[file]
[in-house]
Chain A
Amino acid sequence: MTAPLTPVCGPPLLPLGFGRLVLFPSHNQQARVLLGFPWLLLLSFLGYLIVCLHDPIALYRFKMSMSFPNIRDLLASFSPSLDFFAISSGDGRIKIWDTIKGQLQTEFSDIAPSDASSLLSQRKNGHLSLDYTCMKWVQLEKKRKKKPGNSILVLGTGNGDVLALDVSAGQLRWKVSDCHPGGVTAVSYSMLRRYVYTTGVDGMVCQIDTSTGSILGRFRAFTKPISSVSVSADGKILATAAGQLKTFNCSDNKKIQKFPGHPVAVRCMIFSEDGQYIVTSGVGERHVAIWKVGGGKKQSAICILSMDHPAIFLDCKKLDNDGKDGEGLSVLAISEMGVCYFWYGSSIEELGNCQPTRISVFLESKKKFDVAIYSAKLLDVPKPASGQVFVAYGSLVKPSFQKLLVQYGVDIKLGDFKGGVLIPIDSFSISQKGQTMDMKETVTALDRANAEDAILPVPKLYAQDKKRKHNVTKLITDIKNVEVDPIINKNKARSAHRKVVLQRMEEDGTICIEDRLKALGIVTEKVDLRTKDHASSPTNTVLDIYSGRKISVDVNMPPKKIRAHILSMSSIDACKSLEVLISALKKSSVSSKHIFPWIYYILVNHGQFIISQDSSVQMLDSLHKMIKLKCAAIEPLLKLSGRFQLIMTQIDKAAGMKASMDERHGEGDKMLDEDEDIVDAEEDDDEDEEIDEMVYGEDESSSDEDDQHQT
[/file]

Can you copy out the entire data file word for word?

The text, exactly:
[in-house]
Chain A
Amino acid sequence: MTAPLTPVCGPPLLPLGFGRLVLFPSHNQQARVLLGFPWLLLLSFLGYLIVCLHDPIALYRFKMSMSFPNIRDLLASFSPSLDFFAISSGDGRIKIWDTIKGQLQTEFSDIAPSDASSLLSQRKNGHLSLDYTCMKWVQLEKKRKKKPGNSILVLGTGNGDVLALDVSAGQLRWKVSDCHPGGVTAVSYSMLRRYVYTTGVDGMVCQIDTSTGSILGRFRAFTKPISSVSVSADGKILATAAGQLKTFNCSDNKKIQKFPGHPVAVRCMIFSEDGQYIVTSGVGERHVAIWKVGGGKKQSAICILSMDHPAIFLDCKKLDNDGKDGEGLSVLAISEMGVCYFWYGSSIEELGNCQPTRISVFLESKKKFDVAIYSAKLLDVPKPASGQVFVAYGSLVKPSFQKLLVQYGVDIKLGDFKGGVLIPIDSFSISQKGQTMDMKETVTALDRANAEDAILPVPKLYAQDKKRKHNVTKLITDIKNVEVDPIINKNKARSAHRKVVLQRMEEDGTICIEDRLKALGIVTEKVDLRTKDHASSPTNTVLDIYSGRKISVDVNMPPKKIRAHILSMSSIDACKSLEVLISALKKSSVSSKHIFPWIYYILVNHGQFIISQDSSVQMLDSLHKMIKLKCAAIEPLLKLSGRFQLIMTQIDKAAGMKASMDERHGEGDKMLDEDEDIVDAEEDDDEDEEIDEMVYGEDESSSDEDDQHQT